When we set sail for Nashville (a poor analogy for a landlocked move) three-and-a-half years ago, I was mostly excited for the to-do list. Sure, we had friends on the ground, but after years of living in a small post-industrial town 20-plus miles north of Indianapolis, I was ready to live in the center of some action. Date nights at award-winning restaurants. Concerts every night of the week. We quickly purchased memberships at the Belcourt (arthouse theater), Frist (museum) and Cheekwood (botanical gardens).
After years of community development and pastoral ministry with minimal resources, it was time to sit back and enjoy ourselves. For the first time since we’d been married, my wife and I could actually savor a weekend. We both worked from home, which meant we could set our own schedule. Given that my work is mostly music/entertainment journalism, I even got into most events for free. It was a perfect scenario.
Fast-forward to our exit and Nashville’s thriving social scene is the last thing I’m going to miss. I mean, I’ve certainly taken advantage of living in Music City (seriously: Sigur Ros, The Killers, The National, Sufjan, Dawes, Alt-J, Andrew Bird, Stevie Wonder, Nickel Creek, Bruce Springsteen and 100 more), but the lights have dimmed on those experiences. Instead, this week has served as a tearful reminder of what I’ll miss most: the community we leave behind.
For the last few days, my wife and I have been saying goodbye to those who’ve stood beside us during some of the most trying times of our lives. I never realized that shedding the skin of ministry would allow for so much of my own needs to surface, yet in Nashville I found close friends who wanted to help make sense of my own past and present. It turns out they needed the same. Our marriage needed time to heal from years of living in community and/or allowing too many people to be too close for too long. In Nashville, we found friends to help us define those boundaries and realize healing together.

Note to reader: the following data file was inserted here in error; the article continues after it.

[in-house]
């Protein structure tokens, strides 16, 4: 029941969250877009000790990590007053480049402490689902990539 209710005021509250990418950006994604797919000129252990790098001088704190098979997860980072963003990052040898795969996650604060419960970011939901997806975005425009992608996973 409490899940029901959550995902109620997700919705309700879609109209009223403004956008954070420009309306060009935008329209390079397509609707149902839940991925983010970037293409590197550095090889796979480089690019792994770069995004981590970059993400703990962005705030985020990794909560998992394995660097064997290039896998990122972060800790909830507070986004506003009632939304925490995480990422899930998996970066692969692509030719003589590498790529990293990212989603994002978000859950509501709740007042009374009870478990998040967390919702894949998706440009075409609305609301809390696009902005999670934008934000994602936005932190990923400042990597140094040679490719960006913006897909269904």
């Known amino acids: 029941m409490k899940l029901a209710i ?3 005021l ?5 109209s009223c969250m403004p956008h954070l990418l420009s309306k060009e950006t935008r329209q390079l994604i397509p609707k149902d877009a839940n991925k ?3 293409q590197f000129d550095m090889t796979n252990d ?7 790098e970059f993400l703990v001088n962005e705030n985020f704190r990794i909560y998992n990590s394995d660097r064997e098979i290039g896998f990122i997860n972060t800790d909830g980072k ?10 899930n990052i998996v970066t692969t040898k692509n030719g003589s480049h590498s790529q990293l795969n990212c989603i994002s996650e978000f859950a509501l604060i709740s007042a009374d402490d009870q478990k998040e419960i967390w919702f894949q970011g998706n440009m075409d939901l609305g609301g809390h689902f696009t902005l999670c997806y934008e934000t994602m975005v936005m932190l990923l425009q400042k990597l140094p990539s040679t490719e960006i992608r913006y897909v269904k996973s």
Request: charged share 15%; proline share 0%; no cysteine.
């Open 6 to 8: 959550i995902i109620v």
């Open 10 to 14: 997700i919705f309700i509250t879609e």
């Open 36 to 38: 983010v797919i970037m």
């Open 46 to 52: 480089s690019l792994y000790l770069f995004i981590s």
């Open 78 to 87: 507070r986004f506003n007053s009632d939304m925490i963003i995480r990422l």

It’s in Nashville that we were presented with the ultimate surprise of all: a son, Elliot, now two-years-old, who is a source of endless laughter and joy. Yet in those early days, weeks and even months when we were more shellshocked and tired than enamored with the addition, we were surrounded by friends who offered us advice, meals, relief and hope. It’s in Nashville that I learned to face my greatest wounds and weaknesses, a task I would have never taken on without knowing there were close friends in the trenches beside me.
This morning, at a weekly gathering formally known as Dude Breakfast, I said goodbye to some of the finest men I’ve ever known. Last night, I had the same experience with a small group of guys who’ve gathered every other Thursday at the Tap Room to share the stuff of life. Tonight we’ll say goodbye to some couples who’ve been meaningful friends to us ever since we’ve arrived. It’s a week-long parade of final get-togethers over coffee or beer, lunch or dinner, one-on-one or larger group.
To those who’ve shared in our Nashville experience these last three-plus years, I want to say thank you. You’ve healed us — me especially — in ways you could not know.